According to the articles 21 and 22 of GDPR, any profiling activity that “significantly affect or has a legal effect on him or her” falls under these strict regulations:
- The profiling has to be legally authorized in the country where the consumer resides.
- The company and the consumer must enter into a contract, which includes legal consent from the consumer and the ability to opt out.
GDPR officialises the activities that fall under these agreements, expanding beyond industries like social media, mobile, and credit cards that already use similar forms. For example, pricing optimisation in insurance or retail, and personalised marketing or telecom network optimisation will require explicit consent from the customer and provide him or her the ability to opt out.
Transparency and the Right to Explanations
Providing reasons for automated decisions has existed for years in some regulated industries; for example, U.S credit providers must give explanations when a credit card application is declined.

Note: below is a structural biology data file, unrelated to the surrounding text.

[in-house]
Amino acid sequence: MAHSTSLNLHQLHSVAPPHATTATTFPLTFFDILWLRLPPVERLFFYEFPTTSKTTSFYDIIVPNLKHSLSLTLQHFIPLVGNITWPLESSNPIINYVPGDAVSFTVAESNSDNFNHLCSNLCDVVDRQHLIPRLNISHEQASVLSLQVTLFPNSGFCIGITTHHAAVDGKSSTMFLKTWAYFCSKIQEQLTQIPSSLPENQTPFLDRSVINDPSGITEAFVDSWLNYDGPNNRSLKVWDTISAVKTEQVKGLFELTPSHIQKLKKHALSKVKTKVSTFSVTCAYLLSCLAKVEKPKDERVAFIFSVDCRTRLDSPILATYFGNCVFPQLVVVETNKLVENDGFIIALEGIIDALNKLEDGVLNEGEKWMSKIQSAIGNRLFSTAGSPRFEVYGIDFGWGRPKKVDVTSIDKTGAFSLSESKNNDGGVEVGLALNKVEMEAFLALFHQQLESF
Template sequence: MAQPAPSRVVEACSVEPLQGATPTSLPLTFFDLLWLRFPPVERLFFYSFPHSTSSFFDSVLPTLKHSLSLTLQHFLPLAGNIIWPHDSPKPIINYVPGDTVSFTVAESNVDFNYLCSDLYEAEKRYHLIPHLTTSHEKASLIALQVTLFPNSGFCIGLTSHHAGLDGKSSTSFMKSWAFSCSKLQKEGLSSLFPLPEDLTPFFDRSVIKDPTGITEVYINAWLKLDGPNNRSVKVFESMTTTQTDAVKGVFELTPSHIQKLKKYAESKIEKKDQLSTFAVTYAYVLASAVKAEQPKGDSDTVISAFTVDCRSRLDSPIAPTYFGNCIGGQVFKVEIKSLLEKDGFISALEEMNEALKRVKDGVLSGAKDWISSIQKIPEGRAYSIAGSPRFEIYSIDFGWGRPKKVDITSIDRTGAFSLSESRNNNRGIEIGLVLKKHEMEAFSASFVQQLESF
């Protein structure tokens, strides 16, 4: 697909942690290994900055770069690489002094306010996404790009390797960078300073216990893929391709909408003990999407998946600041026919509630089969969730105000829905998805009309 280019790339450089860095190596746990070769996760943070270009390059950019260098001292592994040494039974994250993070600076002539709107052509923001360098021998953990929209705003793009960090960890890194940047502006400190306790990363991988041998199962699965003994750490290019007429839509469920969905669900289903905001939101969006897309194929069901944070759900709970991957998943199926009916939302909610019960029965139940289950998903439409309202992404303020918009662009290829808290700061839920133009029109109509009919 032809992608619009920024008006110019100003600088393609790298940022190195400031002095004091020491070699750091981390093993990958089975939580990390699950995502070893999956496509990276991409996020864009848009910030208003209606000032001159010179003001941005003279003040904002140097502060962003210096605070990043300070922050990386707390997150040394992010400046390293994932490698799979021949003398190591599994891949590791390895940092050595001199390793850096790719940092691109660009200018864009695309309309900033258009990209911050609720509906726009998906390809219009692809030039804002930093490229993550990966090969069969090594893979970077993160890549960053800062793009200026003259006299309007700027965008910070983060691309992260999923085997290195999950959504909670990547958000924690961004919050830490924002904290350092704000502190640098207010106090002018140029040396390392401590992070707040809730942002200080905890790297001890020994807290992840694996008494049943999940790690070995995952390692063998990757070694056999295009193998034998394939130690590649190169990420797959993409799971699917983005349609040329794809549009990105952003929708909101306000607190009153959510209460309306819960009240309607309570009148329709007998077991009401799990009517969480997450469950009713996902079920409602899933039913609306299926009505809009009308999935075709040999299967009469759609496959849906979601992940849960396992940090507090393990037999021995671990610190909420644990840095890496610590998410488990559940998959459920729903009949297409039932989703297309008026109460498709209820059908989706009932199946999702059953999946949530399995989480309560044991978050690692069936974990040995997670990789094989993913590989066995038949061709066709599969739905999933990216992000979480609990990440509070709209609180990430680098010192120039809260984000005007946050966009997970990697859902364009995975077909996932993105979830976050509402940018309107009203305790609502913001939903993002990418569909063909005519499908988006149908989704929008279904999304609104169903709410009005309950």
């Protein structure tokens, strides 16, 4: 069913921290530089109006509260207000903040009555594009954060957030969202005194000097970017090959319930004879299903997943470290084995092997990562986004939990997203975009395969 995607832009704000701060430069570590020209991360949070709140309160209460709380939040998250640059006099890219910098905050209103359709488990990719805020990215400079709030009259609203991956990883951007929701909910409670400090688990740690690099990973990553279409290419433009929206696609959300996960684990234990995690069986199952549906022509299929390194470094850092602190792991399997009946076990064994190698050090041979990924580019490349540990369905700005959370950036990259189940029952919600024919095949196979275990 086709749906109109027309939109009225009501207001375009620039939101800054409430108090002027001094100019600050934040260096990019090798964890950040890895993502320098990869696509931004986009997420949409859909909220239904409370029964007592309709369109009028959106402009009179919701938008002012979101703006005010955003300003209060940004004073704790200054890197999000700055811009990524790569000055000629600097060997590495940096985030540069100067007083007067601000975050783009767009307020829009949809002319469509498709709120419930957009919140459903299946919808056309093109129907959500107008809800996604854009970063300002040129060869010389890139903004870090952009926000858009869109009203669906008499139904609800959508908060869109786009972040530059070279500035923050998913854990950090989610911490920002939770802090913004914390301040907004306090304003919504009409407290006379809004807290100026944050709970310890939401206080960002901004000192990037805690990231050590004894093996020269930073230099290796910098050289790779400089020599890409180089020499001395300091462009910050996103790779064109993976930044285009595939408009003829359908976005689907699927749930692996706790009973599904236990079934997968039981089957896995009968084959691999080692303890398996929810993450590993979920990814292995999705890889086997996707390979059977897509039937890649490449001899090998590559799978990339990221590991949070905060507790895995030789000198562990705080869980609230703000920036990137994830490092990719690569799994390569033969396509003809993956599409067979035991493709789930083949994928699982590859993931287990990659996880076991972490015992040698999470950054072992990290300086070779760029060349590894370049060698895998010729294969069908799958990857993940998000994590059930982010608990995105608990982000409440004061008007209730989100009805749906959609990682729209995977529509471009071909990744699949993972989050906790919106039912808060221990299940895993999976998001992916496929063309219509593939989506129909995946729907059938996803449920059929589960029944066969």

The articles 13 to 15 of GDPR stipulate that the data subject possesses the right to access “meaningful information about the logic involved, as well as the significance and the envisaged consequences” of automated decision-making systems, such as profiling. This indicates that companies should attempt to provide sufficient transparency about the logic of their machine learning systems based on personal data.
There is controversy among scholars and lawyers about whether this language actually gives a full “right to explanations”, for each individual decision made by the system. The non-binding Recitals of GDPR, however, provide more insight to understand the regulation — profiling activities “should be subject to suitable safeguards, which should include [...] the right to obtain an explanation of the decision reached after such assessment” (Recital 71).